Making the Game, Then Making the Grade
Imagine standing before a group of game industry professionals explaining the concept and techniques behind your latest game project – from the back story to how you used dynamic per pixel lighting and normal mapping to achieve the look you were going for. Now imagine that same roomful of pros actually playing your game, then telling you what was uber cool and explaining how to make it even better.
Recently at The Guildhall at SMU, more than 70 students experienced that thrill, presenting their games to 34 game development pros who came to the school specifically to review and critique their work. A key part of The Guildhall program, students work in teams to create three complete games during their 18-months at the school. They receive grades from their professors and then formally present their work to industry experts for review. With this level of scrutiny, graduates leave the program with professional-quality portfolios – a must if you want to land a good job in the industry. According to students in the program, this game development and review process at The Guildhall is a primary reason they decided to attend the school.
Ryan Champ, a cohort one student gearing up for graduation in December, says the only thrill bigger than building your own game is the rush you get presenting it to pros from the industry. "Game review night is the most exciting thing about studying at The Guildhall," says Champ. "Our team missed many hours of sleep over the past six months to get everything done," he says, "so it felt incredible to stand up there presenting the final, polished version and hearing professional developers tell us they really liked it."
Ensemble's Paul Jaquays points out that the game project reviews aren't just exciting for the students. "Game reviews are often a developer's first contact with The Guildhall at SMU program," he explains, "and those professionals tend to become excited about what's going on at The Guildhall when they see firsthand the potential inherent in the program and its students." On top of that, he says the review sessions also provide an amazing 'scouting' opportunity for developers looking to check out future hires.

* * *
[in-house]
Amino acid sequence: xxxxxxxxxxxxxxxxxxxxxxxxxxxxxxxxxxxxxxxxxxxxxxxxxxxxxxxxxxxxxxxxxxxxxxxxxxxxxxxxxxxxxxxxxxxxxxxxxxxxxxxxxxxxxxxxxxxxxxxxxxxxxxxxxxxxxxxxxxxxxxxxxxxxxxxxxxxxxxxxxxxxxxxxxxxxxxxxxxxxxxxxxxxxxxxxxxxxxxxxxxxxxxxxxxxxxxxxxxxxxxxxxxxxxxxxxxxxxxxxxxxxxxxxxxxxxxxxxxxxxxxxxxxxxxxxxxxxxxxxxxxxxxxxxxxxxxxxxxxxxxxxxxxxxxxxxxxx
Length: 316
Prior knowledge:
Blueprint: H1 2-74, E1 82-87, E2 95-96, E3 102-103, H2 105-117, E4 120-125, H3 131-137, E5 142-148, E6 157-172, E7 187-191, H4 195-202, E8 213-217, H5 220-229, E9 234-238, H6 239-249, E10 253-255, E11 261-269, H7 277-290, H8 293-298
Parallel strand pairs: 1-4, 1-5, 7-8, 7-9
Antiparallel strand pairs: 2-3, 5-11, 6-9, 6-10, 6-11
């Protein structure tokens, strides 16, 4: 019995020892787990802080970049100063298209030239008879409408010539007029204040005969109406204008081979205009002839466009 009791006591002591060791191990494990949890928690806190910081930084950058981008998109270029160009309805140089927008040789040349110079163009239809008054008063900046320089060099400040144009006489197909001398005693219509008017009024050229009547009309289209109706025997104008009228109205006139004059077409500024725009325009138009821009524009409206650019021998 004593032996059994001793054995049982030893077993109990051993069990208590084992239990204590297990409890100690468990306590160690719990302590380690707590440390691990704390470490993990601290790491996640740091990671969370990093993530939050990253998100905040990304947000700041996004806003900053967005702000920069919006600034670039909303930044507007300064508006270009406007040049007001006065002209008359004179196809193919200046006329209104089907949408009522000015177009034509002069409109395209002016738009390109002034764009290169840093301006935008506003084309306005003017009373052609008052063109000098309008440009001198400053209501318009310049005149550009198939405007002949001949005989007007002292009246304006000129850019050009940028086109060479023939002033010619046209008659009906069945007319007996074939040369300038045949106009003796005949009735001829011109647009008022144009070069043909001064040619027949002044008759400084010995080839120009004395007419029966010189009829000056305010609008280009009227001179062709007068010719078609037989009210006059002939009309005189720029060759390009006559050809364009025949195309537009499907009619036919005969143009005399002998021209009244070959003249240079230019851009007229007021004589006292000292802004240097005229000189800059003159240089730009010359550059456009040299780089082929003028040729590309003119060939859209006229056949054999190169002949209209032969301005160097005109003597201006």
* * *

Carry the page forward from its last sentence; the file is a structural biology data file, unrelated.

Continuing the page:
Industry professionals have been a vital part of The Guildhall program since it began in the fall of 2002 when pros such as Richard "Levelord" Gray (Ritual Entertainment), Tom Hall (Midway Games), Paul Jaquays (Ensemble Studios), and John Romero (Midway Games) met with SMU curriculum writers to create the foundations of the program. Since that time, many other notable game developers have gotten involved, including Graeme Devine (Ensemble Studios), Jason Manley (Massive Black), Randy Pitchford (Gearbox), and Sandy Petersen (Ensemble Studios). A selection of industry testimonials about The Guildhall at SMU is available on the school's website.
According to Ritual's Richard Gray, the two most important contributions industry leaders provide The Guildhall are establishing the curriculum that define the educational projects and then reviewing those projects at completion to give students feedback and further guidance.
"Making games is an intensely technological and highly creative endeavor and the skill sets required to make them are not something that can be simply learned on the streets as they were 10 or 20 years ago," says Gray.
"Today, people who want to make games professionally need a bonafide education," he says. Gray explains that The Guildhall helps insure students receive a cutting-edge education by involving actual game developers in the process. "You can't get better guidance than from the masters themselves!"
The Guildhall faculty also consists of expert game developers, recruited from top studios to ensure students have an intense, professional experience during their time at the school. The program offers three tracks of study that match the primary careers in the industry: art creation, level design and software development.
With demand high for artists, level designers, programmers, and others who create video games, The Guildhall at SMU has come along at the right time. The program has been getting significant national attention – from Business Week and Newsweek to CNN Headline News and nearly 200 newspapers across the country.
For more information, visit The Guildhall online at http://guildhall.smu.edu/ or call 214-768-9950.
This is a sponsored article provided by The Guildhall staff and faculty.